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Two aspects that differentiate Hejaz Islamic Finance from other Islamic Finance providers

There are 2 main aspects that set Hejaz apart from a conventional lender and other Islamic Finance providers. These are - Source of Funding and Ijarah (Shared Equity Rental) based contract.


Source of Funding

  1. Our core business at Hejaz is Asset Management – Managing Superannuation and Investments for our clients in a Shariah compliant manner. Being an Asset Manager allows us to uniquely structure our Islamic Finance offering, such that funding is sourced from Investment pools rather than interest bearing means. Essentially, we are non-bank funded. This makes our offering truly Sharia-compliant and unique in the Australian Islamic Finance industry.
  2. Being a non-bank financier, we use a series of metrics to set the Ijarah Finance rate. We consider the expected rate of return to investors (those whose funds are utilized for the funding of mortgages). The rates are set at a level which is competitive and palatable for both borrowers and investors.


Ijara based contract (shared equity rental)

  1. Our contractual agreement is based on an Islamic Model known as Ijarah (shared equity rental). With this model, the title of the property is kept under your name with each repayment consisting of two components:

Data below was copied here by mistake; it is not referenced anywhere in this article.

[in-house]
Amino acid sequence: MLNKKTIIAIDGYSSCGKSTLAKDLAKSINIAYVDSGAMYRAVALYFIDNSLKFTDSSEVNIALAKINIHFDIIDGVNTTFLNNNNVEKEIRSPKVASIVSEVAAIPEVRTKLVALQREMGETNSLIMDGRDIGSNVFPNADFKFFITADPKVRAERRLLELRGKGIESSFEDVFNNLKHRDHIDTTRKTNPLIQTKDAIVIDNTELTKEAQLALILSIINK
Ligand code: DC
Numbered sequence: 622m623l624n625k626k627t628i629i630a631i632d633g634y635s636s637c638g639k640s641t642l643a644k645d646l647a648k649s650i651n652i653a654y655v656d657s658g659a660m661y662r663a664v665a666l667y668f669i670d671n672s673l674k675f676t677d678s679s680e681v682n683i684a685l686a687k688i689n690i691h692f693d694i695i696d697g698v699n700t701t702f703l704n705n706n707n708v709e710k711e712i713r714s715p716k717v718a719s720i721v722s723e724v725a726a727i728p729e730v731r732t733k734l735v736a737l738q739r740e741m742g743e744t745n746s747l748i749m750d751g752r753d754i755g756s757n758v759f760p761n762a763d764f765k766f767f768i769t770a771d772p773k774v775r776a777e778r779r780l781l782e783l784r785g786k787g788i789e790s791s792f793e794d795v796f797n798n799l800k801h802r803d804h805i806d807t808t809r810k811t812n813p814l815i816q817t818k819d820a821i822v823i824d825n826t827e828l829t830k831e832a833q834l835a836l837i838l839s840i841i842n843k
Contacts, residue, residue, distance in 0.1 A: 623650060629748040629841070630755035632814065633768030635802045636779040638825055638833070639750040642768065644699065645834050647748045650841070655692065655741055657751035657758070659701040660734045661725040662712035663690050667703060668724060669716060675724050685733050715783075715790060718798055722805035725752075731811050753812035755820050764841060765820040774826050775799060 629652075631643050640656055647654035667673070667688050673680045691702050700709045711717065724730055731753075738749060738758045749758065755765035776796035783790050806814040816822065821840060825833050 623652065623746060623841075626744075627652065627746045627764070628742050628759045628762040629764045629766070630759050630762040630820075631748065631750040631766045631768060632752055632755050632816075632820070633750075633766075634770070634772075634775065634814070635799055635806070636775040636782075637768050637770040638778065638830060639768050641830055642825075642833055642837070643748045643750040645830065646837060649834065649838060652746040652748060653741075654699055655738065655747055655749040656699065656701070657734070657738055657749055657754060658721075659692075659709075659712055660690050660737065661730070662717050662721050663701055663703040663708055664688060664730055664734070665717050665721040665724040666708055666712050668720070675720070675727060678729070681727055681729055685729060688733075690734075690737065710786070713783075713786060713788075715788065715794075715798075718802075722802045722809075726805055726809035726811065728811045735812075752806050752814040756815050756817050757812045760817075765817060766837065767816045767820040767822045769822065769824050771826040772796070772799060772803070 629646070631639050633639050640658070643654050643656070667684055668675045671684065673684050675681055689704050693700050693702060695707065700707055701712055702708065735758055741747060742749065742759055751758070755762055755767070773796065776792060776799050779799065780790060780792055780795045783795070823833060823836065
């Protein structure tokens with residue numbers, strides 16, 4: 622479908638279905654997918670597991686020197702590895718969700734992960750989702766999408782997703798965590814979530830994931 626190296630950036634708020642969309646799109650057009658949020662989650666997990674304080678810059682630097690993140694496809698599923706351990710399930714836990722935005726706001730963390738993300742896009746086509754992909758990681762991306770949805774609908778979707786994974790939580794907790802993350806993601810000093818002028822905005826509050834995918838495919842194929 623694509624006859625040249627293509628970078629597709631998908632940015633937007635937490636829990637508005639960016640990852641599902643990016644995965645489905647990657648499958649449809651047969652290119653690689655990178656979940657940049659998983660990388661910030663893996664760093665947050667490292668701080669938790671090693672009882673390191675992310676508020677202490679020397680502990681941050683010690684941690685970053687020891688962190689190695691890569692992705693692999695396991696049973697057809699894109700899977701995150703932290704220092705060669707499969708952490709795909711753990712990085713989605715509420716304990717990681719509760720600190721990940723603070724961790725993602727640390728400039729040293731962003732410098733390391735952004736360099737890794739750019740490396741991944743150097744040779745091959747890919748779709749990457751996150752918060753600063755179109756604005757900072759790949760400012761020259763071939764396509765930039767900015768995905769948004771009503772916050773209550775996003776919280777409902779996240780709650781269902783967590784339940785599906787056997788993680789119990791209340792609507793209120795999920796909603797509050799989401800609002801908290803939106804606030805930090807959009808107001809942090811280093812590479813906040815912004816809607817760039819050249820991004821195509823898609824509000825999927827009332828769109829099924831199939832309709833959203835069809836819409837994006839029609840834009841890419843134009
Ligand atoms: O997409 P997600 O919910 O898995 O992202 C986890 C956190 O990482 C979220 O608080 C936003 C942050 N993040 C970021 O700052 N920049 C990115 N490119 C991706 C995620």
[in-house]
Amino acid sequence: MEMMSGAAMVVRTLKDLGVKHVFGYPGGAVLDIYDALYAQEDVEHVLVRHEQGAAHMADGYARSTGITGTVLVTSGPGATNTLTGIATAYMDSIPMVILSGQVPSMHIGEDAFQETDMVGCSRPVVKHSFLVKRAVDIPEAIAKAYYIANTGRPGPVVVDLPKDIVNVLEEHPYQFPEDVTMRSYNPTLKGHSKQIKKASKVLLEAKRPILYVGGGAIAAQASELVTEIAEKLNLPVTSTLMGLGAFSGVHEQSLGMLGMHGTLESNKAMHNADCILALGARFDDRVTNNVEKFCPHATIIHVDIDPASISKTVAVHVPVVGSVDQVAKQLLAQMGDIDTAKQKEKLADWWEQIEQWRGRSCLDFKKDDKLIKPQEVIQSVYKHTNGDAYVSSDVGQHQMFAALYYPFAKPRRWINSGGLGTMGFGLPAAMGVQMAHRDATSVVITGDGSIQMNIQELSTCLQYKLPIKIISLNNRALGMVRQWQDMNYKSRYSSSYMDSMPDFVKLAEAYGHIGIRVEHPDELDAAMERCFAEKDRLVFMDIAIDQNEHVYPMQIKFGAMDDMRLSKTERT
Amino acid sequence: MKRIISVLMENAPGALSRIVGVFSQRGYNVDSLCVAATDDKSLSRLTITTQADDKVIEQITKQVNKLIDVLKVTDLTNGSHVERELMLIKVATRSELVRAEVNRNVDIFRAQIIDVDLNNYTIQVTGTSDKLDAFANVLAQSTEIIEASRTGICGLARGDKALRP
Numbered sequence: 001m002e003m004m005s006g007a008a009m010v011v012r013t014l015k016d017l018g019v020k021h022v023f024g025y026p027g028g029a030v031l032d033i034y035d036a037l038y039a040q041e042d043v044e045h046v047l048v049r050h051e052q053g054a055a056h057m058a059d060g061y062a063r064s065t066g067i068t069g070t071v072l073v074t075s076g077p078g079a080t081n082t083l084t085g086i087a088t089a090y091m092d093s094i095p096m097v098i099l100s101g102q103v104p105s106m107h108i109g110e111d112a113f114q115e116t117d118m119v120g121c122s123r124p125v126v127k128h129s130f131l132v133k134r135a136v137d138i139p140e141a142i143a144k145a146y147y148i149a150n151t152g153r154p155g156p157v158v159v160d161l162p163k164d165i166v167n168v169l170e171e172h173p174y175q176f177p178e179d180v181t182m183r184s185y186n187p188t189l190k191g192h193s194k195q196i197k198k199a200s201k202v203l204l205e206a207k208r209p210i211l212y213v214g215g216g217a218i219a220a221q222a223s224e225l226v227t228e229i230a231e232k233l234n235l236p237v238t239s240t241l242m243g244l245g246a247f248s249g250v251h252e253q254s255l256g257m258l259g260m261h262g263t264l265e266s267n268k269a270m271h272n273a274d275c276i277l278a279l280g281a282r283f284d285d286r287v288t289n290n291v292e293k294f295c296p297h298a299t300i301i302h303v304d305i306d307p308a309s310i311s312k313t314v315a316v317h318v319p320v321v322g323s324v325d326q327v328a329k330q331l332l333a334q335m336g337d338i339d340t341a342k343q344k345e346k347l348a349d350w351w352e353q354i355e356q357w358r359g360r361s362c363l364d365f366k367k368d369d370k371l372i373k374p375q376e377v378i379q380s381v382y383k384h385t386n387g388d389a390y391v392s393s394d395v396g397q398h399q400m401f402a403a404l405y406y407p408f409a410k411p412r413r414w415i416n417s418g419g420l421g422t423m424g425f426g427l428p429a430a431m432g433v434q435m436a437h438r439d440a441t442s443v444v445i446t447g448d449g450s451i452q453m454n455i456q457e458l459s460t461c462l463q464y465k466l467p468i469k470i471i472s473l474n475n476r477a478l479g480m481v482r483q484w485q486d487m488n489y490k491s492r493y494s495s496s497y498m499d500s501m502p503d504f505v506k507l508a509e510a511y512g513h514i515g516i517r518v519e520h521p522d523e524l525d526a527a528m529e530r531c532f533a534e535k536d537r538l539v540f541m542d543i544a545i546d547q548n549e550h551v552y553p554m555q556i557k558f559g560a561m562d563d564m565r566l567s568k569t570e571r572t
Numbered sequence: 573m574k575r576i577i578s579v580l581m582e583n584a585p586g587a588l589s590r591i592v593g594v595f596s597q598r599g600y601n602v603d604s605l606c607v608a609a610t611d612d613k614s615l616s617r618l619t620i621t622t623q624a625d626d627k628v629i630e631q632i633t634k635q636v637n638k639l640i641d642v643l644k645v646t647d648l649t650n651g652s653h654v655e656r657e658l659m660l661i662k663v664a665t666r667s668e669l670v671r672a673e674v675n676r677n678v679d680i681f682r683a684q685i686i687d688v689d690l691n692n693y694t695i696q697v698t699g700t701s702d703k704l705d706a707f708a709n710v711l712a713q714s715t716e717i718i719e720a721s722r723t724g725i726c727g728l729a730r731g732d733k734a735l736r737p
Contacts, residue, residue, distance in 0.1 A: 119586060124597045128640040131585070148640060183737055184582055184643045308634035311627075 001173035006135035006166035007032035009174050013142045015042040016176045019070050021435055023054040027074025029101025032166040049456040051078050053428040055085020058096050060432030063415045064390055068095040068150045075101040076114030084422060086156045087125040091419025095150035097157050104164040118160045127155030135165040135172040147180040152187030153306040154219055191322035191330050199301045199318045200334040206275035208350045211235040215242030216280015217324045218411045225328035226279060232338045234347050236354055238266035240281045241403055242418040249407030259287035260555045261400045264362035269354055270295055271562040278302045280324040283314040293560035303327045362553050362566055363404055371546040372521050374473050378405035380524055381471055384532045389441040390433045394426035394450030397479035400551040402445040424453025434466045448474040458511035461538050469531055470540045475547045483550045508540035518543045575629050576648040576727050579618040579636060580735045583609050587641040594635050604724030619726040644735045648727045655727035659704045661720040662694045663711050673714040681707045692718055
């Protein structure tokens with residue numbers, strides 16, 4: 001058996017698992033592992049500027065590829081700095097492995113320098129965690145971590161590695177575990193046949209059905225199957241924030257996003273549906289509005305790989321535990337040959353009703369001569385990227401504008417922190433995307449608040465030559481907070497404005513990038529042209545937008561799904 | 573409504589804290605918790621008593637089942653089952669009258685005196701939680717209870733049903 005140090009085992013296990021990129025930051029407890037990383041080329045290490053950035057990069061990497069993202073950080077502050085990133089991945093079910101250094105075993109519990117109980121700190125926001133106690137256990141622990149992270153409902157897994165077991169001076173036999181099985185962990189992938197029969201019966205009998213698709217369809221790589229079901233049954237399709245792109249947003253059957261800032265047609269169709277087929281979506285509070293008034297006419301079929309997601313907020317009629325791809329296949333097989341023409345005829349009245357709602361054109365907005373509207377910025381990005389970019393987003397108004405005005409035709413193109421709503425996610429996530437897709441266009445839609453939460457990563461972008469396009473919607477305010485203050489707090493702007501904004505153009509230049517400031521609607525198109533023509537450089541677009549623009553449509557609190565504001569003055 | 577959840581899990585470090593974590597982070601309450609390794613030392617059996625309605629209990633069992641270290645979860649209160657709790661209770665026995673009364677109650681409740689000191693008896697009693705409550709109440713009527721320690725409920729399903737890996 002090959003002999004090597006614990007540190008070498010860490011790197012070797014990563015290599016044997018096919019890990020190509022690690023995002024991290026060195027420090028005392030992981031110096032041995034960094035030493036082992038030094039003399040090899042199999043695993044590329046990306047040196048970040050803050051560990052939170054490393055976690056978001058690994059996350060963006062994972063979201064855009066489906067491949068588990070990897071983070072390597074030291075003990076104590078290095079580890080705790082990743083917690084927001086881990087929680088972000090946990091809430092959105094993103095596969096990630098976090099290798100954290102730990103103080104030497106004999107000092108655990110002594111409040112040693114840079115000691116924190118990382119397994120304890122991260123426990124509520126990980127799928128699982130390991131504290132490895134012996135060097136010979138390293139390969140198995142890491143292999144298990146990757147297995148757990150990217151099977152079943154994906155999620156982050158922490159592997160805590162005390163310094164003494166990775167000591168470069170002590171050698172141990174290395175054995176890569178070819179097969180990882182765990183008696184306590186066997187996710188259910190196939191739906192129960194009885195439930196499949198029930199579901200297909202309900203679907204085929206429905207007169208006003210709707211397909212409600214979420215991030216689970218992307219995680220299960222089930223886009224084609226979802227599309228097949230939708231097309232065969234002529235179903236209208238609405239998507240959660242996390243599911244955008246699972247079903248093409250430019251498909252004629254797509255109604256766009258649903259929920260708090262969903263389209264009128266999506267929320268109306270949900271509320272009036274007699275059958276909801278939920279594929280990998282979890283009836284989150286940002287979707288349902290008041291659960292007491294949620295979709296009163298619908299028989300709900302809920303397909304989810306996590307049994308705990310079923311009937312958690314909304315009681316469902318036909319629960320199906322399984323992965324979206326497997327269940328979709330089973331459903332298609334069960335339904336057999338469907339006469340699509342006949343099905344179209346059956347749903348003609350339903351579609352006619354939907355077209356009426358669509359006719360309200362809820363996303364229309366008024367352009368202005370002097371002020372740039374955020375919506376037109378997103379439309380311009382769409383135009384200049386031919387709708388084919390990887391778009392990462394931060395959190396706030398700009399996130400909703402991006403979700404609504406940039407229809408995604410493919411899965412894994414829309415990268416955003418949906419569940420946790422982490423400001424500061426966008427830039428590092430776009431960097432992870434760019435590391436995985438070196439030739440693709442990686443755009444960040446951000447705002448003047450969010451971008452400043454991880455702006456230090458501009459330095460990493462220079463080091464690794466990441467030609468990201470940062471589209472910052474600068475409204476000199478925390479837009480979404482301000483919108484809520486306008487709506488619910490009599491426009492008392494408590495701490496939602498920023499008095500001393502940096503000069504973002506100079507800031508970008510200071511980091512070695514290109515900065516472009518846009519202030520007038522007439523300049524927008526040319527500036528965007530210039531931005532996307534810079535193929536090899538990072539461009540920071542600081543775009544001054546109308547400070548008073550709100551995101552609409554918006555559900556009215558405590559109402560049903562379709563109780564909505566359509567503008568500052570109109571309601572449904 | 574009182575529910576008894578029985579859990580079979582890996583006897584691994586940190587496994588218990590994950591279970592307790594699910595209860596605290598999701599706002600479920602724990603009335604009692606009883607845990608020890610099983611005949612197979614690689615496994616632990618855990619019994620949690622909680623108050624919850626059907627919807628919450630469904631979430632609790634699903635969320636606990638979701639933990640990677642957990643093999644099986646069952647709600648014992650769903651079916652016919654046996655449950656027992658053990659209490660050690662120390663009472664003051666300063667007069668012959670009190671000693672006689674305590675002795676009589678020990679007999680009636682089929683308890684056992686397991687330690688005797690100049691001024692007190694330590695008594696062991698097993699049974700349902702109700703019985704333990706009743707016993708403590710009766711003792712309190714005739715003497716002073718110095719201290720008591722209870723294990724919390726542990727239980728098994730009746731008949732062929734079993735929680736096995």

Rental - for the use of the financiers' share of equity in the property
    Principal – equity buy-back to acquire our share of equity in the property.
  2. As you acquire more equity in the property, the rental component decreases, and the equity component increases until the property is purchased outright, or you sell/refinance.
  3. Should you wish to sell the property at any given time and do so at a profit, Hejaz will not indulge in the profits of the sale and will only require payment of the outstanding principal component of the finance facility.
  4. This is not to be confused with the Musharaka model (partnership) which entails both parties entering a co-ownership agreement – Sharing of ownership, expenditure, and profit/loss.It is worth noting that while many countries apply this Musharaka model, the specifics of the model do not fit well with the current finance regulations in Australia and tends to not work in the client’s best interest.